There’s nothing like a good laugh, and comedy movies are some of the best ways for us to tickle our funny bones and satisfy our need for deep, hardy fun. Hear our some belly-bursting facts about comedy films.
24. Commitment to the Craft
While preparing for his role in what is probably the best ice skating movie of all time, Blades of Glory, Jon Heder suffered a broken ankle. With only five days left before the film was scheduled to shoot, Heder went down on the ice with a hairline fracture, and production was pushed back three months. The directors of the film would later state it was a blessing in disguise, as it allowed them to finish their ridiculous set pieces for the movie.
23. From Fiction to Reality
“The F*cking Catalina Wine Mixer” from Step Brothers is now one of the most infamous Will Ferrell scenes, but the biggest helicopter leasing event in the Western Hemisphere didn’t actually exist when the film was shot. But now it does! Inspired by the comedy classic, the Catalina Wine Mixer had its first Annual event in 2015, and is still going strong as an end of summer beach party.
22. Multiple Personalities
Coming to America was the first film in which Eddie Murphy set up his schtick of playing multiple characters. It was also the first film appearance of soon-to-be Academy Award winner Cuba Gooding Jr.
21. Burger Joint
The McDowell’s of Coming to America was obviously a reference to McDonald’s, but the film was actually shot on location at a Wendy’s that was scheduled to be shut down. McDonald’s was ok with the reference to their fast food kingdom, but one local manager didn’t get the memo, and showed up on set one day to give the production team an earful.
20. Heavy Duty Makeup
It took four and a half hours to apply Robin Williams’ makeup for Mrs. Doubtfire. He once went to a local San Francisco sex shop tried to buy a sex toy while dressed as the character.
19. Murray Bros
In Bill Murray’s Scrooged, all three of his brothers make an appearance at some point. John Murray plays his brother, Brian Doyle Murray his father, and Joel Murray shows up as a party guest. That’s the Christmas spirit, Bill!
18. A House Reworked
Animal House is one of the most famous comedies of all time, and was responsible for making John Belushi a star. The original script, however, was about cult leader Charles Manson in high school, and was titled Laser Orgy Girls. After the script was rejected, Harold Ramis and Douglas Kenney went back to the drawing board and used their college experiences to come up with Animal House.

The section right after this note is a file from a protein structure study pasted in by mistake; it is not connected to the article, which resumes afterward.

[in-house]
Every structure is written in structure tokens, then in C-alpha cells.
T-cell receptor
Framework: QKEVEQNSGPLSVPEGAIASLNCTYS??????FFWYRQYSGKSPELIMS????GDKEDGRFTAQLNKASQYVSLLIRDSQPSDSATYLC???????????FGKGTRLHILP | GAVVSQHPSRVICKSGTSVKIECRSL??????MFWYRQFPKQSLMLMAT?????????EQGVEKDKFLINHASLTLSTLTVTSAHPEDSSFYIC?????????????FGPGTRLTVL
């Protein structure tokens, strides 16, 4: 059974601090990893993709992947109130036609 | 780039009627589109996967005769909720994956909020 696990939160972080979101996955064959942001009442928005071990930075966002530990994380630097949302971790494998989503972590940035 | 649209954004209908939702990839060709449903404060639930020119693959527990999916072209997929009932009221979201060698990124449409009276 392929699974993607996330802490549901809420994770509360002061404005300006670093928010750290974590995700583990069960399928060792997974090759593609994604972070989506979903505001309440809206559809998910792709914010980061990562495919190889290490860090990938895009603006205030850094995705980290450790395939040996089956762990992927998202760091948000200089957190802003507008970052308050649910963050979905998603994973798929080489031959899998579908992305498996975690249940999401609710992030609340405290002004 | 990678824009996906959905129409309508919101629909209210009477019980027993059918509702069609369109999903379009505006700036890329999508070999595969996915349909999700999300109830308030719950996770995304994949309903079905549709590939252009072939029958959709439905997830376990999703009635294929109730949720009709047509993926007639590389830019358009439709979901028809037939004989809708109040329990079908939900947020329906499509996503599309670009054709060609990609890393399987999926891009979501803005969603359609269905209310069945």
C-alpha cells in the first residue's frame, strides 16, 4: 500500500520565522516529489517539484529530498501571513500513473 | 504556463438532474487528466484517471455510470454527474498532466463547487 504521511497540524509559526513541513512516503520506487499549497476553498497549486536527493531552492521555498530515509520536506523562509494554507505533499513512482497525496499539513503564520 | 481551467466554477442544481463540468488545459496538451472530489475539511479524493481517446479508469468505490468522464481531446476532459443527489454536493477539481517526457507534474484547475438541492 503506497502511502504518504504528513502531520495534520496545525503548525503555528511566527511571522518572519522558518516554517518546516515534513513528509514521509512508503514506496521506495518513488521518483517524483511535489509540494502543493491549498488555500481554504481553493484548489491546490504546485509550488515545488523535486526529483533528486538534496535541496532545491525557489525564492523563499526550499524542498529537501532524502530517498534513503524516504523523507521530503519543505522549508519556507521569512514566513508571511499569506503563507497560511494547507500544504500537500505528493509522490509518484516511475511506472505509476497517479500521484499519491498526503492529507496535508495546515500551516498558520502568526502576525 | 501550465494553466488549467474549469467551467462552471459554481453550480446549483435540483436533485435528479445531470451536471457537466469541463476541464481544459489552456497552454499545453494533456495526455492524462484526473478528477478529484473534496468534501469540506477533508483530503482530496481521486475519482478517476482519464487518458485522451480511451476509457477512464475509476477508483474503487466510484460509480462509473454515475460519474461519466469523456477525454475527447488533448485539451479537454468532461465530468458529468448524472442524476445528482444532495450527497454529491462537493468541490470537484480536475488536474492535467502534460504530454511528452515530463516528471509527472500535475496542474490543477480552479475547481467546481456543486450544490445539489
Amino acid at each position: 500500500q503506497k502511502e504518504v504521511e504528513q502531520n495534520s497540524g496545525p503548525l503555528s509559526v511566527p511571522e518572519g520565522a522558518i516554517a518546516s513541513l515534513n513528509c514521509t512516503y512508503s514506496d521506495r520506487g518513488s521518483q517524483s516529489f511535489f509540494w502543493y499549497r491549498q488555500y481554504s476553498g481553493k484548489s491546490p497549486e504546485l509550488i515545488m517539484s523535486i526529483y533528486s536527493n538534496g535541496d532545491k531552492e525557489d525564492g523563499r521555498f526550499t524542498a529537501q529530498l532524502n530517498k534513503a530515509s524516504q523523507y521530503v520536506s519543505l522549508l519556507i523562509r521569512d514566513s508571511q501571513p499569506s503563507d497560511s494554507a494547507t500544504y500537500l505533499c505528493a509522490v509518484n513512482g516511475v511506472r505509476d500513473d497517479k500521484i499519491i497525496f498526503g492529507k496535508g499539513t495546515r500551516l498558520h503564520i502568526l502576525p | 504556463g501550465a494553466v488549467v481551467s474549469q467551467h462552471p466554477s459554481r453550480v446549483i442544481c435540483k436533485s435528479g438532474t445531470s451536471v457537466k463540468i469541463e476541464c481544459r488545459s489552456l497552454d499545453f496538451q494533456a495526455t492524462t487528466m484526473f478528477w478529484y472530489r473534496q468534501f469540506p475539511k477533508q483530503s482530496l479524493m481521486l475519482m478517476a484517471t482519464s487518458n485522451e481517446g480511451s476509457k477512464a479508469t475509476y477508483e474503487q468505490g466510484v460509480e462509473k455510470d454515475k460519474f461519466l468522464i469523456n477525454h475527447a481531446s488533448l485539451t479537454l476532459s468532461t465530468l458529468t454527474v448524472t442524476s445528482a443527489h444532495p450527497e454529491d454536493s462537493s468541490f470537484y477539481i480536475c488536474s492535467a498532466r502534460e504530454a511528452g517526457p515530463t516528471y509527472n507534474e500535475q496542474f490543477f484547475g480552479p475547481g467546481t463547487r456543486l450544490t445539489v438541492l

17. Animal University
The University of Oregon is Animal House’s Faber College, and was the only school to allow the film to be shot on their campus. The decision by the University’s dean to host the production of Animal House was influenced by an earlier decision to not allow The Graduate to shoot there, which he regretted.
16. Idea in a Doctor
The inspiration for the character of Borat apparently comes from a Jewish doctor whom Sacha Baron Cohen met while on vacation in southern Russia. Of course, the doctor wasn’t a blatantly homophobic racist, so hopefully he’s not too offended by the creative liberties taken by Cohen.
15. Truth Hurts
The Borat scenes that apparently take place in Kazakhstan actually were shot in Glod, Romania, where the townspeople participated under the assumption that they were taking part in a documentary. Needless to say, they were pretty pissed after learning the truth, and filed one of the many, many suits against the production.
14. Slip of the Tongue
Baron Cohen often uses Hebrew in place of other languages in his films. In Borat, his Kazakh is really a mixture of Hebrew and Israeli slang, while in The Dictator he uses Hebrew in place of what is supposed to be Arabic.
13. Too Much To Handle